Here's What Sherrod Brown and Rob Portman Have Said About the House's Healthcare Vote as Senate Takes Up the AHCA

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As you probably know by now, the House passed the AHCA yesterday, which would repeal large swaths of Obamacare. Its highly contentious and problematic policies — regarding Medicaid expansion and pre-existing conditions, to name just two — as well as the long-term prospect of millions of Americans losing coverage, will now be taken up by the Senate.

Here's what Sherrod Brown and Rob Portman had to say in press releases after yesterday's vote. Spoiler: Neither one is a fan.

Brown: “I agree with Governor Kasich: we cannot allow Washington politicians with taxpayer-funded health insurance to rip coverage away from Ohioans who are battling cancer, getting regular checkups for the first time or finally getting treatment for their opioid addiction,” said Brown. “This bill threatens the healthcare coverage of nearly 1 million Ohioans, including 200,000 currently battling addiction, and allows companies to jack up prices on people with preexisting conditions like asthma and diabetes. This bill is heartless, it is bad for Ohio, and it will leave real Ohioans struggling to afford care. Instead of taking care away, we should be working to reduce the price of prescription drugs and improve care for everyone.”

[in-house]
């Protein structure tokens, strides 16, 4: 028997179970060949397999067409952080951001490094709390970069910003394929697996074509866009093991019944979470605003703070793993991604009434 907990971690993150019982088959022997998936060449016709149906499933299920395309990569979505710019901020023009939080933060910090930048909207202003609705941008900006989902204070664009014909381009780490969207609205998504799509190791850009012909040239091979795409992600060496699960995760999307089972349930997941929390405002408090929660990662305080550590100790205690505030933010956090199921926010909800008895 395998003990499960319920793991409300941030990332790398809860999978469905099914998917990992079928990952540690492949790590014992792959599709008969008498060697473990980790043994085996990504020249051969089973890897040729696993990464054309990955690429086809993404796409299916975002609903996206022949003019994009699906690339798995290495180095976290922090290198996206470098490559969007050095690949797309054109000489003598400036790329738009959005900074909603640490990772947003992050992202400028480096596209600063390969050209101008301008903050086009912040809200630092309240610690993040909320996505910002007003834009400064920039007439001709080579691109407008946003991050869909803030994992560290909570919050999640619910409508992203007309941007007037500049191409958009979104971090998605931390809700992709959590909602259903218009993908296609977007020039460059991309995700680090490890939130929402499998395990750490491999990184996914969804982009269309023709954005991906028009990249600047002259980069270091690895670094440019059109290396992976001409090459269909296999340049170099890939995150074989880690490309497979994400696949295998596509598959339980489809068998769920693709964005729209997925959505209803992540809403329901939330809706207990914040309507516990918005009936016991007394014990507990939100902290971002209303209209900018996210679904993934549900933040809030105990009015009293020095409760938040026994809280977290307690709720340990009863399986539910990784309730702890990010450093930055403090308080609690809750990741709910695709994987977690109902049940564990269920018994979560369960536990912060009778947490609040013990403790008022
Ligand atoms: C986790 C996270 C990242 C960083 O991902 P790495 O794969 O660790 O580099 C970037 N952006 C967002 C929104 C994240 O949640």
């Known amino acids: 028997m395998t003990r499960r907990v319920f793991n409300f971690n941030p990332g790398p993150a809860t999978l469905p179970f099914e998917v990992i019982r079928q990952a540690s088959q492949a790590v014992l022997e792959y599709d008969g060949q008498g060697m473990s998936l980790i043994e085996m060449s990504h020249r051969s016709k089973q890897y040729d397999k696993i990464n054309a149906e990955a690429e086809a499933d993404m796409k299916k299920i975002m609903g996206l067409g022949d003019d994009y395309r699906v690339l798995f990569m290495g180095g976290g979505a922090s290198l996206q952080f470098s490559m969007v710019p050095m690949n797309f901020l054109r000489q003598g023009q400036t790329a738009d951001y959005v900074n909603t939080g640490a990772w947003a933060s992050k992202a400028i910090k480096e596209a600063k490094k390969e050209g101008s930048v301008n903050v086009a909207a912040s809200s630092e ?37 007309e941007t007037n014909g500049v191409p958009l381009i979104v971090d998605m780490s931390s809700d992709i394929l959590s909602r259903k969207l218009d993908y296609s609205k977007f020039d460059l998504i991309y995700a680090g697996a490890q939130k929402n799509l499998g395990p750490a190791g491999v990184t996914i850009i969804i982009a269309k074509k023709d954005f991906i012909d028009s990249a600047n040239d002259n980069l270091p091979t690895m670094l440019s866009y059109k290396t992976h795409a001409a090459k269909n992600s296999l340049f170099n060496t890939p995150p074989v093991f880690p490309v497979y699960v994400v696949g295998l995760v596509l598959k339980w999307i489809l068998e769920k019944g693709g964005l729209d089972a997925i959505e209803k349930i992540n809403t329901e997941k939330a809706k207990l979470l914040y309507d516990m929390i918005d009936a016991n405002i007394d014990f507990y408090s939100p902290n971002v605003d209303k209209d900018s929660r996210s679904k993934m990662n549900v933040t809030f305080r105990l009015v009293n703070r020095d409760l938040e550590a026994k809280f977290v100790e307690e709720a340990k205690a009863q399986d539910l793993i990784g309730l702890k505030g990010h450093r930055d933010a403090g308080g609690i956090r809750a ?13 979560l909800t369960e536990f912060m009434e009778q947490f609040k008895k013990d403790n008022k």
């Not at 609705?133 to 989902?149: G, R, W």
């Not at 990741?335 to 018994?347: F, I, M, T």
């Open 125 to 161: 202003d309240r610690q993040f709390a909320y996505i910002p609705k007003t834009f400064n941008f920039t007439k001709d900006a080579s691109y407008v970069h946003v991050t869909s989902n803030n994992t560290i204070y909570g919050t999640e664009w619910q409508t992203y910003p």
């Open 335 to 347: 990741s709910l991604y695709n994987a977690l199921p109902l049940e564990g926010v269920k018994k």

Portman: “The status quo on health care is unsustainable. Premiums and deductibles continue their steep climb, and the skyrocketing cost of health care is hurting Ohio families and small businesses. There’s only one insurance company in more than one third of Ohio counties, which is leaving Ohioans with fewer choices and higher costs. Congress must take responsible action that lowers health care costs, but these changes must be made in a way that does not leave people behind.

“I’ve already made clear that I don’t support the House bill as currently constructed because I continue to have concerns that this bill does not do enough to protect Ohio's Medicaid expansion population, especially those who are receiving treatment for heroin and prescription drug abuse. We have an opioid crisis in this country, and I’m going to continue to work with my colleagues on solutions that ensure that those who are impacted by this epidemic can continue to receive treatment.”


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